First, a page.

To return to Sophia's situation, all the initial strategies used were confined to the top circle, which includes interpersonal situations. The conflict was defined by the family as only between the couple; formal network members not only were not involved, but they were written off, e.g. 'Welfare won't support you.' (Analysis in Chapters 5 and 6 shows that when formal networks are involved, the definition is still largely a personal or interpersonal one.) Accepting this interpersonal definition of the problem, Sophia returned to her husband as her brother-in-law advised, having been assured that she would obtain no public support if she left. She then tried everything at her 'personal' disposal to resolve the conflict and prevent more battering - talking, 'being nice', fixing coffee, etc. All to no avail. Finally the only recourse she saw was suicide.
Sophia could also be viewed as in the process of passage from a violent to a non-violent marriage relationship. In so far as she had insufficient social support for a successful passage, Sophia could be said to have remained in a 'subliminal' state, with resulting personal security and an ambiguous status in the community (van Gennep 1960) for which 'rites of passage' are indicated, as discussed in Chapter 9.
This interpretation of battering episodes and the emotional crises that may follow from them views the victim as actively involved in the process of crisis resolution. Nevertheless it also reveals that the victim is necessarily limited in producing positive outcomes if social strategies are not joined to her personal efforts. In other words, individual strategies applied to social problems will probably be ineffective. Social problems demand social solutions by collectivities of individuals united in the political pursuit of social change. Inattention to crisis origins with consequent mismatching of strategies toward resolution can result in negative crisis outcomes such as suicide and addictions, or constitute the basis for development of chronic episodes of battering.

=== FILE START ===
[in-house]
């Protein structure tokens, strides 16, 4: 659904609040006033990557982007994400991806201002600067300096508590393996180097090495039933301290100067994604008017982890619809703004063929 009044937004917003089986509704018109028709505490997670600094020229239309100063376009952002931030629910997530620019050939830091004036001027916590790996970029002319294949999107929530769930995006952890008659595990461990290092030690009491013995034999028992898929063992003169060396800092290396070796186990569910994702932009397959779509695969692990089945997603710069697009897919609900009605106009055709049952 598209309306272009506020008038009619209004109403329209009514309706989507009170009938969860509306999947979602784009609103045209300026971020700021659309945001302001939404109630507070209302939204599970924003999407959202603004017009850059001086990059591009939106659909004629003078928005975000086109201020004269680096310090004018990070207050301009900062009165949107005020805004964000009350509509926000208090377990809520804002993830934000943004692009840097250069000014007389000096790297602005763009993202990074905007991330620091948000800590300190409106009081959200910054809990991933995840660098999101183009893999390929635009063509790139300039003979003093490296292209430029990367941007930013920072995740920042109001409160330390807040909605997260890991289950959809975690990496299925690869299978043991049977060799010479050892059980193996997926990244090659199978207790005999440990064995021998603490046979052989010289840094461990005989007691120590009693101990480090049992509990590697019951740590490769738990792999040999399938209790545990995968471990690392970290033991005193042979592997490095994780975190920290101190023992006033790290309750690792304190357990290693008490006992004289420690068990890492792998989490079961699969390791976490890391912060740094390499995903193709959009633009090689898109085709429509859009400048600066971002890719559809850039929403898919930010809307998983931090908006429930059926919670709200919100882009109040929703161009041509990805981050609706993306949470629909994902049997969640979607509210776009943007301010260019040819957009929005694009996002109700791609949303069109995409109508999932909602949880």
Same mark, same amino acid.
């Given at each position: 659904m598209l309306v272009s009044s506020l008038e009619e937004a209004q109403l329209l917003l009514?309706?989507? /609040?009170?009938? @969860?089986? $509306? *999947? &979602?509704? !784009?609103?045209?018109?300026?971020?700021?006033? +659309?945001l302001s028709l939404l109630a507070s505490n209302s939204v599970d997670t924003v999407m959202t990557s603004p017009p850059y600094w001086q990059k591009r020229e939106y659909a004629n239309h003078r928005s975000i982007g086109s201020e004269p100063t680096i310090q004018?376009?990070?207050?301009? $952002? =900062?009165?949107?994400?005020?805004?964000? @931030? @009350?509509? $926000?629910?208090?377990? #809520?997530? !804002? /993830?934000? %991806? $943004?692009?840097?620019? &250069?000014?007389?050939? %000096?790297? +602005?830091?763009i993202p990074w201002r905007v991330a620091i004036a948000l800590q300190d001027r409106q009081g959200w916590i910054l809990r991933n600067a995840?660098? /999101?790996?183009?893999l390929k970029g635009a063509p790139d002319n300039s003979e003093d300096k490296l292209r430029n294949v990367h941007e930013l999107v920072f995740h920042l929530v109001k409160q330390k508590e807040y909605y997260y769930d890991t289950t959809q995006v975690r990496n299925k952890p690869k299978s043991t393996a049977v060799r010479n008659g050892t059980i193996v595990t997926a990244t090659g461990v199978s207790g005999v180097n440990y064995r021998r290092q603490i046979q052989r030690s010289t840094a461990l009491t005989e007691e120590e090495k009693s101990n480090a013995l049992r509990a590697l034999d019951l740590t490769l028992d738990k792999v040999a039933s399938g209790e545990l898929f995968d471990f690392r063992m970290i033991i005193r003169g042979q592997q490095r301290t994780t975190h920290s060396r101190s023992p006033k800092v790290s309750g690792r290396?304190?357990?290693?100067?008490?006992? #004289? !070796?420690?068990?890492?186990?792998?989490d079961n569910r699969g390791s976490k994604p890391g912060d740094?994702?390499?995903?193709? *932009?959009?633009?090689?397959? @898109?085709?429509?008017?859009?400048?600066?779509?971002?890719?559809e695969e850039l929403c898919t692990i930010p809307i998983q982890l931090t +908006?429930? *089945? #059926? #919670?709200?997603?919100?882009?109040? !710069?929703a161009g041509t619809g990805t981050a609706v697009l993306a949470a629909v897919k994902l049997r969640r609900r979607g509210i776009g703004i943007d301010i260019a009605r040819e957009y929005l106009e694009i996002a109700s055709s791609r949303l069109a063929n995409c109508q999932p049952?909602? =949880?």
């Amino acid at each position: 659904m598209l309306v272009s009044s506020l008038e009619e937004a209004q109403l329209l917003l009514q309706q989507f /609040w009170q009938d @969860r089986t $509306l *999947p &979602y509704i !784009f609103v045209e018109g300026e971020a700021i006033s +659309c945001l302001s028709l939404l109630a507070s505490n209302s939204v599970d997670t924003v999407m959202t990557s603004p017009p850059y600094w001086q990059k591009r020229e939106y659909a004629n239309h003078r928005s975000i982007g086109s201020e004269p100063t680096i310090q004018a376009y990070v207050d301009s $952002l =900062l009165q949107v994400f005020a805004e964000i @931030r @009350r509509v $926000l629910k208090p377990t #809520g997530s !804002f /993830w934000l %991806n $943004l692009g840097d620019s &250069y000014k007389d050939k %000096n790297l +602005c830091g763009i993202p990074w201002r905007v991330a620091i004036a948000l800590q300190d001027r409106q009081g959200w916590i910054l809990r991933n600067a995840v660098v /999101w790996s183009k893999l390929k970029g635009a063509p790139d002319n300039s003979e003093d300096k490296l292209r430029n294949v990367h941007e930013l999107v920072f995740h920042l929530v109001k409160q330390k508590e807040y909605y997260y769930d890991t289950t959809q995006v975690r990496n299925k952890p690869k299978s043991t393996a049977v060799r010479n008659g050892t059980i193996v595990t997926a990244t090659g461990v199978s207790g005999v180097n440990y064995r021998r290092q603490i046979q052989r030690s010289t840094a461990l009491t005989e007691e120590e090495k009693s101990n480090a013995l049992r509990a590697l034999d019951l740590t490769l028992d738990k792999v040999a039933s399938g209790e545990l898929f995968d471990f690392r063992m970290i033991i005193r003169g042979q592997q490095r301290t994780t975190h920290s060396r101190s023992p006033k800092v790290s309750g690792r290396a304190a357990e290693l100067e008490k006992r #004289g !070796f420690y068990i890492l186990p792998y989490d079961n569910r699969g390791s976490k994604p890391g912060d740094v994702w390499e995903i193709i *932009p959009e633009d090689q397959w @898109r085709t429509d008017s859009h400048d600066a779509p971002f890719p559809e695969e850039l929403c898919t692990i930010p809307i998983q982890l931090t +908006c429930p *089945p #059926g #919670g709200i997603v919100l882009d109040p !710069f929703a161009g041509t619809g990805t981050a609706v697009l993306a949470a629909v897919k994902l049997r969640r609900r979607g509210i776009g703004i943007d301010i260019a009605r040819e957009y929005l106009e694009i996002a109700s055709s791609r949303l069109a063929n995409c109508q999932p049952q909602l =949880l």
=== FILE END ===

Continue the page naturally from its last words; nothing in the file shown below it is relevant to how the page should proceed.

Thus a woman may be beaten again and again not because she likes it, has learned to be helpless, or fails to follow through when pressing charges, etc. Rather, she is acting in a pattern that logically follows from a definition of battering as primarily an interpersonal, private matter between intimates. For example, the legal obstacles a woman faces if she presses charges are one manifestation of the predominant interpretation of battering as a private matter. Clearly, then, definitions of the problem can contribute to its perpetuation, as Sophia's case illustrates.14 Static definitions of the problem and consequent masking of its socio-cultural origins also explain the frequent failure of institutional sources of support available to battered women, apart from recently developed refuges.
if such services were sensitive to the socio-cultural and political aspects of
the problem, many battered women either do not know of them, or, since they accept
the problem as personal, something they are responsible for alone, would not think
to use them. For a woman, then, to leave a violent relationship and avoid killing
either herself or her mate, requires external social resources, a 'definition
of the situation' that no longer targets her as the source of the problem, and
her ability to combine these external and internal resources in an action plan
that preserves her own and others' lives.